Super Sleuth

Super Sleuth
Digging Up The Past One Relative At A Time

Wednesday, April 13, 2016


(I would like to thank my sister for this very catchy title.  Thanks, Ellena!)

My father has been deceased for almost eleven years now and not a day goes by that I am not reminded of him in some manner, shape, or form.  My father was my rock and my hero; there wasn't anything he couldn't do.  

My parents married in 1962 and had three children by 1965.  I didn't make my first appearance in the family until 1976, so my parents were just a little older when I was born.  One thing I knew for certain was that my father could create and build just about anything he set his mind to.  If someone said that he couldn't achieve something, he would go out of his way to prove them wrong.  My father left school in 7th grade.  Whether it was his doing or circumstantial, I don't know, but I do know that he went to work at a rather young age and gave the majority of his paycheck to his mother, my grandmother, Rosa.  

Dad liked to take things apart and put them back together again.  This would enable him to figure out how things worked.  As a young man, he built a working helicopter, a hovercraft, and an assortment of other things that often ended up with him running into the caves near his house for a few days  until my grandfather calmed down.  At one point, my father rigged up a contraption of wires and radios in his attic.  This contraption worked very well and he actually heard a distress call from the Andrea Doria.  

If my father had the financial opportunity for higher education, there would have been no stopping him, but he never let it halt him in what he wanted to do.  The above photograph was featured in our local newspaper in 1964.  My father created a scale miniature model of the B & O Railroad Bridge that is located in Staten Island.  As far as I know, the model is on display in a museum in Maryland, but I don't know this for certain.  The following year, in 1965, he built another model.  This time it was the Verrazano-Narrows Bridge.

Fast forward a couple decades to the early 1990s.  On 7 FEB 1991, my father experienced his first heart attack.  While in the hospital, he paced the floors in the middle of the night.  He was never able to sleep fully because of the constant pain he felt in his back due to a previous injury.  As he paced up and down the corridors, he came across a framed poster of a lighthouse.  My father's exact words were, "It drew me in."  That was the beginning of a love affair my father had with lighthouses.  He became engrossed in researching every lighthouse in the New York City area.  He built several scale models.  Some of them even lit up.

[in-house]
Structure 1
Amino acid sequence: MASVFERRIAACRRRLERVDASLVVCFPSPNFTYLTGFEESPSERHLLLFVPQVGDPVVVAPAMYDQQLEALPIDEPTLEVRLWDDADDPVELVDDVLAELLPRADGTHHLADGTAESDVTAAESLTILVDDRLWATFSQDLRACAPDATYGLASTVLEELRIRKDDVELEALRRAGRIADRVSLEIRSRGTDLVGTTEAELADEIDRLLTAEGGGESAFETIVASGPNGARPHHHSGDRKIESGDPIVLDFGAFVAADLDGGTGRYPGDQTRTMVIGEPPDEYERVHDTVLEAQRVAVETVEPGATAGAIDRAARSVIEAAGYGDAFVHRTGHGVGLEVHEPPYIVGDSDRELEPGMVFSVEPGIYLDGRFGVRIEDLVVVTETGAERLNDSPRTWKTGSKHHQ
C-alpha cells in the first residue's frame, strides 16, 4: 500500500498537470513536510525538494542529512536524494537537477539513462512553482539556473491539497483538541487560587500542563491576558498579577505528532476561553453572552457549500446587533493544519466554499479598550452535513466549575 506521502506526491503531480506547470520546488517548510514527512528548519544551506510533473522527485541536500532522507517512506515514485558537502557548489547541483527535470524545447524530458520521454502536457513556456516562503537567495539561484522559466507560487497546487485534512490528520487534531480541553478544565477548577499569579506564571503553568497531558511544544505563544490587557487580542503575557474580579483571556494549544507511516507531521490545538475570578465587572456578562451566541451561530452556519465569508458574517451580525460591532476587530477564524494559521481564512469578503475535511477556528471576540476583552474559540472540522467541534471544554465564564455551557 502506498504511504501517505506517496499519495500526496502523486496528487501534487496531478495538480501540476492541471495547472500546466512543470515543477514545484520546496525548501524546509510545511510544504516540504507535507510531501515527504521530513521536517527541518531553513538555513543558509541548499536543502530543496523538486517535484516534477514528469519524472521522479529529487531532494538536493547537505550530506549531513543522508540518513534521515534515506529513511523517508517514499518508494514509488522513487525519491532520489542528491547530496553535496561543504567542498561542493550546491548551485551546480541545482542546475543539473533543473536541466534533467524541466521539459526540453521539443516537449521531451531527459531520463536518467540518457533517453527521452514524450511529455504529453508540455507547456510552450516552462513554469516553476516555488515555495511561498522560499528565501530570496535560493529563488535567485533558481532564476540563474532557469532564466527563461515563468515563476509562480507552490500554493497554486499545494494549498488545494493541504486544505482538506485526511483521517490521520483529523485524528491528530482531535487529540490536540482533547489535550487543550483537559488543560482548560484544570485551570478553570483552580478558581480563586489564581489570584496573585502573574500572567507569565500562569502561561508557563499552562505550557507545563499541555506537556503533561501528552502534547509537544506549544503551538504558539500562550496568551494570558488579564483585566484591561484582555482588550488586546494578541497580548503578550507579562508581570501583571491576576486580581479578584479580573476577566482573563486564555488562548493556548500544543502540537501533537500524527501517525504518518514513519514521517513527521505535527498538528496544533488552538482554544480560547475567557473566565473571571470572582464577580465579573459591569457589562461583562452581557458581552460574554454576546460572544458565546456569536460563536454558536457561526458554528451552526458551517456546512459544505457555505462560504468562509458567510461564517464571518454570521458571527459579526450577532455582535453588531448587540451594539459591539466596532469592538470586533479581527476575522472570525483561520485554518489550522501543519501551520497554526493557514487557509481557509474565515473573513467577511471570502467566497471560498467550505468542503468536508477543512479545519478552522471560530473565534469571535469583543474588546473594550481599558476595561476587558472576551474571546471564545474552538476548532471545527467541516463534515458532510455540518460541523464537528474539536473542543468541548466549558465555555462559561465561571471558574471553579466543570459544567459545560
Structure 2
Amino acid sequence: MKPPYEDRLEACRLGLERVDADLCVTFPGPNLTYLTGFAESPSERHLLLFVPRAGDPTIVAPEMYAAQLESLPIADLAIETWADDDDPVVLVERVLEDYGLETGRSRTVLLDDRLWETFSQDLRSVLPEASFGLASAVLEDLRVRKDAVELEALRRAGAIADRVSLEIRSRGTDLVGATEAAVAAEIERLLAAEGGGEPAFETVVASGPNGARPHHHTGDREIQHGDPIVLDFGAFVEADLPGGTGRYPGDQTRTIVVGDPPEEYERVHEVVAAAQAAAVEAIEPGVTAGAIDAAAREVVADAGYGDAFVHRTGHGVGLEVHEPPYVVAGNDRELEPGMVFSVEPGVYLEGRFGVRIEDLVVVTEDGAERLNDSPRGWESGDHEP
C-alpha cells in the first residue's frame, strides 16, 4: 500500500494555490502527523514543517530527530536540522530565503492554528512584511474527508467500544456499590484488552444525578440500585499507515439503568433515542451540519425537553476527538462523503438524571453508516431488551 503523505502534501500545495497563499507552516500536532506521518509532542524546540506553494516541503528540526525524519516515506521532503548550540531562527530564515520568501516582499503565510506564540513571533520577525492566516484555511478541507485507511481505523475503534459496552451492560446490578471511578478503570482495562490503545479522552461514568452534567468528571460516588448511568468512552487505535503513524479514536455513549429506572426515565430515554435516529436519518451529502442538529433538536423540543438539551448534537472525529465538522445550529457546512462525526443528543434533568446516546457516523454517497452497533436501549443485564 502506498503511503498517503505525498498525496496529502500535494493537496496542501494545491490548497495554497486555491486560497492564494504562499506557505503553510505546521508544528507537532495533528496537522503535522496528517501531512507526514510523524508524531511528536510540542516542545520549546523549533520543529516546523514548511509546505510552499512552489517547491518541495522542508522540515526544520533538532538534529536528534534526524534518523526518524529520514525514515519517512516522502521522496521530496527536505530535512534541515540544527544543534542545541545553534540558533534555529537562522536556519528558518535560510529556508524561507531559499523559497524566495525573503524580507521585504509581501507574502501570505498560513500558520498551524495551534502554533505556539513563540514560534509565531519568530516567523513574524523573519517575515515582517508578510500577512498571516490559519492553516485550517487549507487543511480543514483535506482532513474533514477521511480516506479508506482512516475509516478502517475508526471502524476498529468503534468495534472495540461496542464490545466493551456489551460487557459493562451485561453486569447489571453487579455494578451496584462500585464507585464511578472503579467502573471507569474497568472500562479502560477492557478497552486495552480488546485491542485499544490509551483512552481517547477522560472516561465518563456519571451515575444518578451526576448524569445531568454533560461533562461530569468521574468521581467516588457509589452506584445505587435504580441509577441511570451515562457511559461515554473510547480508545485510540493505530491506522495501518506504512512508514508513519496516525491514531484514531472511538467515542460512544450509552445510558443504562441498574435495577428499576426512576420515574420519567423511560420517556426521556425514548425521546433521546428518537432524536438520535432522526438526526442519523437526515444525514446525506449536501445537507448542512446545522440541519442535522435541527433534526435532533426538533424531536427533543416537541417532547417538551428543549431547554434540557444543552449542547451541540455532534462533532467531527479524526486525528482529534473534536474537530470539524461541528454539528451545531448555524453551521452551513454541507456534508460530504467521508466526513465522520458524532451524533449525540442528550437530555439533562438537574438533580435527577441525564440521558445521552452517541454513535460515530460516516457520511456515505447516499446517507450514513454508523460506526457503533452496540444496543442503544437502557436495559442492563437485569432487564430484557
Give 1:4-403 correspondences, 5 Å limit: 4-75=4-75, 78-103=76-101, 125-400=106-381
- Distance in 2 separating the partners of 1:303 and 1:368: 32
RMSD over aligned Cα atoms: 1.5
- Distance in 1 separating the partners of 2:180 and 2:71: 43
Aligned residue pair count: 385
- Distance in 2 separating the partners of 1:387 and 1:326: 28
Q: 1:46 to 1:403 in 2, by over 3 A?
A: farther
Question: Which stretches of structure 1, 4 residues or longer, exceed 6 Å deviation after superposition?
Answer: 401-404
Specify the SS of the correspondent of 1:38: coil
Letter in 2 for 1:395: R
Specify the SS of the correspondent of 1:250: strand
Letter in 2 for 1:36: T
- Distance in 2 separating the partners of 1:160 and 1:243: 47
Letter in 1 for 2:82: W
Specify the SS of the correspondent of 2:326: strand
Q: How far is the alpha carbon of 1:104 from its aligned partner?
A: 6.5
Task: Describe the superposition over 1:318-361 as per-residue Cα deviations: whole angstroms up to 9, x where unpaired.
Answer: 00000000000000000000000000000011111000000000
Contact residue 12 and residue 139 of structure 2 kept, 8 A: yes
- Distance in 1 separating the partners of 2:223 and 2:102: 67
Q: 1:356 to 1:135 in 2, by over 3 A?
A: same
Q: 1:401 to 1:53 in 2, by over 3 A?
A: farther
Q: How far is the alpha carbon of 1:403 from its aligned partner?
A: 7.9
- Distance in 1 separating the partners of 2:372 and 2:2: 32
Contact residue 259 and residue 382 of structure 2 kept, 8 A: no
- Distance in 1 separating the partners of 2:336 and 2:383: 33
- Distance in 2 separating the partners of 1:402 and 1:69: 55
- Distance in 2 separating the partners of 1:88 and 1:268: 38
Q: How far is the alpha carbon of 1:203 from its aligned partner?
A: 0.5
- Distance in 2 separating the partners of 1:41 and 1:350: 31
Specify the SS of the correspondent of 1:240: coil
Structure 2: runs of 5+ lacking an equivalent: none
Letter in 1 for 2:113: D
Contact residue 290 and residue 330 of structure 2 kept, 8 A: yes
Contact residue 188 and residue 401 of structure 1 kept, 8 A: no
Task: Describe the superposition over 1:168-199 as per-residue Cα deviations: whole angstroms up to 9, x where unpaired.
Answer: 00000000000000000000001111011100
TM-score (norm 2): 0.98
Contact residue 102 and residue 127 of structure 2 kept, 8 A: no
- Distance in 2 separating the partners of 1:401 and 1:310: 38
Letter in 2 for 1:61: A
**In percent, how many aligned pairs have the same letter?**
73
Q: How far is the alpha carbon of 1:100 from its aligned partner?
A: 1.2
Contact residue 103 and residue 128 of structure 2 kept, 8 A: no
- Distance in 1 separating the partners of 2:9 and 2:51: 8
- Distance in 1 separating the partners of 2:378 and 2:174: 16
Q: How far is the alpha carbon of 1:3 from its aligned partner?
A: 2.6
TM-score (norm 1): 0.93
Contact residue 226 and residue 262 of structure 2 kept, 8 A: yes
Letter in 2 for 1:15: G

He took many day pilgrimages to local lighthouses and since I was his sidekick, I usually went with him.  He had such a passion for lighthouses and the subject of lighthouses that he contacted the U.S. Coast Guard to ask permission to volunteer in becoming the Keeper of the Staten Island Lighthouse.  After many correspondences back and forth, the Coast Guard agreed and my father received the key to the lighthouse.  He beamed with pride and spent many hours there.  He was Keeper for nine years before he had to reluctantly relinquish the position due to continuing back and heart issues.  It broke his heart.  In the interim though, he kept himself busy and was quintessential in obtaining a spot on Staten Island for the National Lighthouse Museum.  Sadly, he passed away before he was able to see all of his hard work come to fruition.

Dad made many contacts and developed many relationships with people who shared the same interests in lighthouses.  He helped to relight the Fort Wadsworth Lighthouse, saved the Romer Shoals Lighthouse from the doomsday list, and was able to convince the United States Post Office to offer a canceled stamp in honor of Kate Walker from the Robbins Reef Lighthouse.

In 2014, I petitioned our local congressman to have my mother's street renamed for my father.  He achieved so much for Staten Island that I cannot include it all here in a short blog, but I am so proud to be the daughter of such an incredible man.  I would like to think that I inherited my love of history and research from him.

My mother's street was renamed on my birthday, 12 APR 2014 in honor of my father.

Left:  my father's scale model of the Staten Island Lighthouse
Right:  my father standing at the top of the real Staten Island Lighthouse circa 2000

My father died on 5 MAY 2005 of an abdominal aortic aneurysm.  Gone too soon in my opinion; he was only 66-years-old, but his legacy lives on in his children and grandchildren.  We will never forget him or what he accomplished.  His policy was to never give up--find your dream and nurture it.  I will always follow my dream to become a certified genealogist.  I will make it work because I know I have my father cheering for me from the great lighthouse in the sky.  

Thanks for reading!


  1. Beautifully said Liz. He was truly an incredible man with so many amazing talents. I miss him very much!

    1. Thank you very much for reading and posting. He was an incredible man.

  2. A wonderful remembrance of your father. Very nice. Welcome to the Geneabloggers Family.
    Theresa (Tangled Trees)

    1. Thank you so very much for reading! I am looking forward to visiting your page.